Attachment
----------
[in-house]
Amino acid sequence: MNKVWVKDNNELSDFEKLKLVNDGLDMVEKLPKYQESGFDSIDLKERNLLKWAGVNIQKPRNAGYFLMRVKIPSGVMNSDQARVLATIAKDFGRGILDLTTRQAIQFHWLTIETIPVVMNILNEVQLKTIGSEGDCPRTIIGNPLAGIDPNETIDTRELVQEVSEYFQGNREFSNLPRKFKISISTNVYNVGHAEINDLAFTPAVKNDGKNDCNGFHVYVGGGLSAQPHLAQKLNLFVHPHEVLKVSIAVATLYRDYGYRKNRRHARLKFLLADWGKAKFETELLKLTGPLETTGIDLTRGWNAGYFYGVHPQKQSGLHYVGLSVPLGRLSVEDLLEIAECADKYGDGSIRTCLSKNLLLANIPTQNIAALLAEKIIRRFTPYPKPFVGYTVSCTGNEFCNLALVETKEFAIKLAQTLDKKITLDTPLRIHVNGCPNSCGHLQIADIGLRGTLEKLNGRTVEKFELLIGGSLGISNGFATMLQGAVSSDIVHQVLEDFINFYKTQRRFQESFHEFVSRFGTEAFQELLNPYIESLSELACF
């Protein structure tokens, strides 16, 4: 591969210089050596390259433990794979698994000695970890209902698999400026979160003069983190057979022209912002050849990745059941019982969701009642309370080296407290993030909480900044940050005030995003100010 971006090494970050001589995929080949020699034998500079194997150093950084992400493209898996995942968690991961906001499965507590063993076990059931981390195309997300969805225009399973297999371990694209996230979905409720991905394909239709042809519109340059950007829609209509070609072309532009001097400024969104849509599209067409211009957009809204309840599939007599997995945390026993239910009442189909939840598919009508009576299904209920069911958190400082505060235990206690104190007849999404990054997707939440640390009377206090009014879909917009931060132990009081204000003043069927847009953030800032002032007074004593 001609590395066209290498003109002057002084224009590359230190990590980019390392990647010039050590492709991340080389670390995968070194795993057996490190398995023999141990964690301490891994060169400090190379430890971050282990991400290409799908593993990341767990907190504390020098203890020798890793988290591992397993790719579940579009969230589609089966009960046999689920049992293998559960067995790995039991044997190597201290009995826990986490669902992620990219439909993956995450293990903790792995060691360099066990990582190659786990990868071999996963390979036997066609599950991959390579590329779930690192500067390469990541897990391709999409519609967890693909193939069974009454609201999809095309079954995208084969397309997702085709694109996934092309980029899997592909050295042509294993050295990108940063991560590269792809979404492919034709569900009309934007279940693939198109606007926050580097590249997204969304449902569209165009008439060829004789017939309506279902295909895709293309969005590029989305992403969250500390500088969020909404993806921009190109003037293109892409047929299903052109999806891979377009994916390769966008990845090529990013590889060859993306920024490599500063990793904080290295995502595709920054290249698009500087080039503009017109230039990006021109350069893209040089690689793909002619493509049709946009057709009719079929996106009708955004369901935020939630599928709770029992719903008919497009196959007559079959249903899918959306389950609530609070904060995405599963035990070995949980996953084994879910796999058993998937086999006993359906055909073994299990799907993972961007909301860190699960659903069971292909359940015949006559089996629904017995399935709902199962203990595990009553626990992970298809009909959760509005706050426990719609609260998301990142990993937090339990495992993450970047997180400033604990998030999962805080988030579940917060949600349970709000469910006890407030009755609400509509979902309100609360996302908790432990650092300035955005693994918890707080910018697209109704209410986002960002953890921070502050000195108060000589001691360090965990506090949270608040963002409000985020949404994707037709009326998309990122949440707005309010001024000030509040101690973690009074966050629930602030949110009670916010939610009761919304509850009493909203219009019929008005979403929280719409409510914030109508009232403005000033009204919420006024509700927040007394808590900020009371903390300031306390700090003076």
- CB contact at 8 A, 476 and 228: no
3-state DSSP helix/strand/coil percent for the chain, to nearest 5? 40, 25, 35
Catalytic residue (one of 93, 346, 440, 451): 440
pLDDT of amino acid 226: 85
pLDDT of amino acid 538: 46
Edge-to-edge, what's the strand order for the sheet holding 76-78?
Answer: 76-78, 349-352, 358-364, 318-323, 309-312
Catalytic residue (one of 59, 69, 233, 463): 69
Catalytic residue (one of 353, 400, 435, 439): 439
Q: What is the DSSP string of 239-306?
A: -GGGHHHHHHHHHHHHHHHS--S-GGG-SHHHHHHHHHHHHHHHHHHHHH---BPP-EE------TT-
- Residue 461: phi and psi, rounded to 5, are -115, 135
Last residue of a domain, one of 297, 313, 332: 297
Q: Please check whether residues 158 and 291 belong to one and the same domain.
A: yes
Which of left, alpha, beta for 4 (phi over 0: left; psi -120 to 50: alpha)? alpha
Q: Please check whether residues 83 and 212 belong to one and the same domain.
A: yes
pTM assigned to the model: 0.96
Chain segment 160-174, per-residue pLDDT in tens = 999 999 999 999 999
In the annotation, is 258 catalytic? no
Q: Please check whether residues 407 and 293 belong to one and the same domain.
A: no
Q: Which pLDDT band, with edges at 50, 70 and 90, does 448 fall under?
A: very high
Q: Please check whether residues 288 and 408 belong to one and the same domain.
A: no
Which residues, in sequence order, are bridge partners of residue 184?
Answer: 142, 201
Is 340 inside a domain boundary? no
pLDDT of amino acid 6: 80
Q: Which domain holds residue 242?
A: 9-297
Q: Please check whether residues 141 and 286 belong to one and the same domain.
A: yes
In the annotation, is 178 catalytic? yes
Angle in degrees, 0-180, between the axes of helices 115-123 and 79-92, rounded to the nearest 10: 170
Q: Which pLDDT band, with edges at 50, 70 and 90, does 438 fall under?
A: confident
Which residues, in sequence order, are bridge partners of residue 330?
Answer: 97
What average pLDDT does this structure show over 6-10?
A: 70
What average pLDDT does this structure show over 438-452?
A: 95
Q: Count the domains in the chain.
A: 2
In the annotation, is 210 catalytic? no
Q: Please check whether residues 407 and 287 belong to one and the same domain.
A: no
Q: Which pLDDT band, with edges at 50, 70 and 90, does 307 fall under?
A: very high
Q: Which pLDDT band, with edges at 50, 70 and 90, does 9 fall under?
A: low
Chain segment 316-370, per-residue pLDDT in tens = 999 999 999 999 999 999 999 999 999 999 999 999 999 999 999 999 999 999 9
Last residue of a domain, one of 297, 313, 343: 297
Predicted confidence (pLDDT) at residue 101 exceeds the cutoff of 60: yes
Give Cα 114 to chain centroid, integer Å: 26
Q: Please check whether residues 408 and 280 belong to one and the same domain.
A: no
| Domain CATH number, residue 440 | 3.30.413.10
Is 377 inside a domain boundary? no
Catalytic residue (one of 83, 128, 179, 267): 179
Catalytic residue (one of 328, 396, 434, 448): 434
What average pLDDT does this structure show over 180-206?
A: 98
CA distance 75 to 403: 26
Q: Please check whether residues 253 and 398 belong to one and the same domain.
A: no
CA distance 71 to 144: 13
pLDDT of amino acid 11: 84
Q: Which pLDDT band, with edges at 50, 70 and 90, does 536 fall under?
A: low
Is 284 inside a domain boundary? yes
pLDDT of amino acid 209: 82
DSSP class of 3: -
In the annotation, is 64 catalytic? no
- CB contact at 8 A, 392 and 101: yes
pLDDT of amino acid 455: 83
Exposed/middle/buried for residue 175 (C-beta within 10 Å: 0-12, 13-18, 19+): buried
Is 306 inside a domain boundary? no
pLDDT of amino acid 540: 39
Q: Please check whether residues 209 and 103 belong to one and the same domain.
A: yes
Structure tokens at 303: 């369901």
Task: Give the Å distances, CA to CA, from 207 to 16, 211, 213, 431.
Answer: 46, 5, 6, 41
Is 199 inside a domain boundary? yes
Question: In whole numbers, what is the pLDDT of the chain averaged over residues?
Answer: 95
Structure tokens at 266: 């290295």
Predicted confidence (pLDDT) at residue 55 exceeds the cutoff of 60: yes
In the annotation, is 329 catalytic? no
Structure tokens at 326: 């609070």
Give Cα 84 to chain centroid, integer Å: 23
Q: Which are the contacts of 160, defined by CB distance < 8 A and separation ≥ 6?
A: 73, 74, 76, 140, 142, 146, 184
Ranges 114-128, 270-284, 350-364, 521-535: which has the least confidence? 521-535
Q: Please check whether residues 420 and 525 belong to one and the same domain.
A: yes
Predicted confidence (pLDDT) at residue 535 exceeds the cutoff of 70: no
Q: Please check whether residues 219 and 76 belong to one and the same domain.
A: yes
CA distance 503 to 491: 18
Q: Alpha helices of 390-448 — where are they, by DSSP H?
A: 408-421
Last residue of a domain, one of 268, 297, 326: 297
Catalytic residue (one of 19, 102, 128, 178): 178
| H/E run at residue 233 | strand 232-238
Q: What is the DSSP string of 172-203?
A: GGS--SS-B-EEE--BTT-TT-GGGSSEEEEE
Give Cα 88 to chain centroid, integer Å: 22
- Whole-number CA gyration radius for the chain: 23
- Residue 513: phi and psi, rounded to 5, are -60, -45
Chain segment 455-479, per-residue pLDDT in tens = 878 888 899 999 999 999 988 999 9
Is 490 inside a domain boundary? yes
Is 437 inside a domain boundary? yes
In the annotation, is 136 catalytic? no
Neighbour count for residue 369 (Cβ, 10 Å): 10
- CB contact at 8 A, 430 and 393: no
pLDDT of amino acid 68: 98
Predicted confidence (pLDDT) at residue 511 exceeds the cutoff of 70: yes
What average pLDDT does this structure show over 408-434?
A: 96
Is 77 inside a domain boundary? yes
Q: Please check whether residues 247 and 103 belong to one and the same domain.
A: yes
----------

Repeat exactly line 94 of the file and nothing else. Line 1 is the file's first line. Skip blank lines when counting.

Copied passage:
Structure tokens at 266: 């290295």